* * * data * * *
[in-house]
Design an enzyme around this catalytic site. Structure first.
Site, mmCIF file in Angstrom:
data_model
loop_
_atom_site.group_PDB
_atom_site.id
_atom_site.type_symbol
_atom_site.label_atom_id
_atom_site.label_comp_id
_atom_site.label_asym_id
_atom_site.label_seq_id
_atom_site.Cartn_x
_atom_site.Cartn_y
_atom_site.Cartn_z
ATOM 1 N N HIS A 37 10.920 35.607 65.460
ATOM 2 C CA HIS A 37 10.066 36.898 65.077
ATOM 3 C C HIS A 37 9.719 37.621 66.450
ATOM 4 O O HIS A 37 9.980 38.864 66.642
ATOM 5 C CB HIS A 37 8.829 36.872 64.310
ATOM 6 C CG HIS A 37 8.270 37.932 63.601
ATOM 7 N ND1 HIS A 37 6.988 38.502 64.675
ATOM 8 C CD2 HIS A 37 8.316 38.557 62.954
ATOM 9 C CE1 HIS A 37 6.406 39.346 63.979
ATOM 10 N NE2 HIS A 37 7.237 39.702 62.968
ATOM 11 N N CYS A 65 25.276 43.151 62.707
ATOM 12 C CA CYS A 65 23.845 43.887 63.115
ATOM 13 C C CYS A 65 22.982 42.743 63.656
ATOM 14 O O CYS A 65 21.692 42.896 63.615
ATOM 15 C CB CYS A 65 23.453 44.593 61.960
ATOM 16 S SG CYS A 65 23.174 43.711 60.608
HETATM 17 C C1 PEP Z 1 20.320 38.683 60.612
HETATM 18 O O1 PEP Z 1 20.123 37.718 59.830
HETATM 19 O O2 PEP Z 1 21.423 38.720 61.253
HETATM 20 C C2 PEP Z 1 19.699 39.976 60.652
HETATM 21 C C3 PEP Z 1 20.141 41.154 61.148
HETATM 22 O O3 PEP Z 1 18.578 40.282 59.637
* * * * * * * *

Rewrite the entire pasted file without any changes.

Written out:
[in-house]
Design an enzyme around this catalytic site. Structure first.
Site, mmCIF file in Angstrom:
data_model
loop_
_atom_site.group_PDB
_atom_site.id
_atom_site.type_symbol
_atom_site.label_atom_id
_atom_site.label_comp_id
_atom_site.label_asym_id
_atom_site.label_seq_id
_atom_site.Cartn_x
_atom_site.Cartn_y
_atom_site.Cartn_z
ATOM 1 N N HIS A 37 10.920 35.607 65.460
ATOM 2 C CA HIS A 37 10.066 36.898 65.077
ATOM 3 C C HIS A 37 9.719 37.621 66.450
ATOM 4 O O HIS A 37 9.980 38.864 66.642
ATOM 5 C CB HIS A 37 8.829 36.872 64.310
ATOM 6 C CG HIS A 37 8.270 37.932 63.601
ATOM 7 N ND1 HIS A 37 6.988 38.502 64.675
ATOM 8 C CD2 HIS A 37 8.316 38.557 62.954
ATOM 9 C CE1 HIS A 37 6.406 39.346 63.979
ATOM 10 N NE2 HIS A 37 7.237 39.702 62.968
ATOM 11 N N CYS A 65 25.276 43.151 62.707
ATOM 12 C CA CYS A 65 23.845 43.887 63.115
ATOM 13 C C CYS A 65 22.982 42.743 63.656
ATOM 14 O O CYS A 65 21.692 42.896 63.615
ATOM 15 C CB CYS A 65 23.453 44.593 61.960
ATOM 16 S SG CYS A 65 23.174 43.711 60.608
HETATM 17 C C1 PEP Z 1 20.320 38.683 60.612
HETATM 18 O O1 PEP Z 1 20.123 37.718 59.830
HETATM 19 O O2 PEP Z 1 21.423 38.720 61.253
HETATM 20 C C2 PEP Z 1 19.699 39.976 60.652
HETATM 21 C C3 PEP Z 1 20.141 41.154 61.148
HETATM 22 O O3 PEP Z 1 18.578 40.282 59.637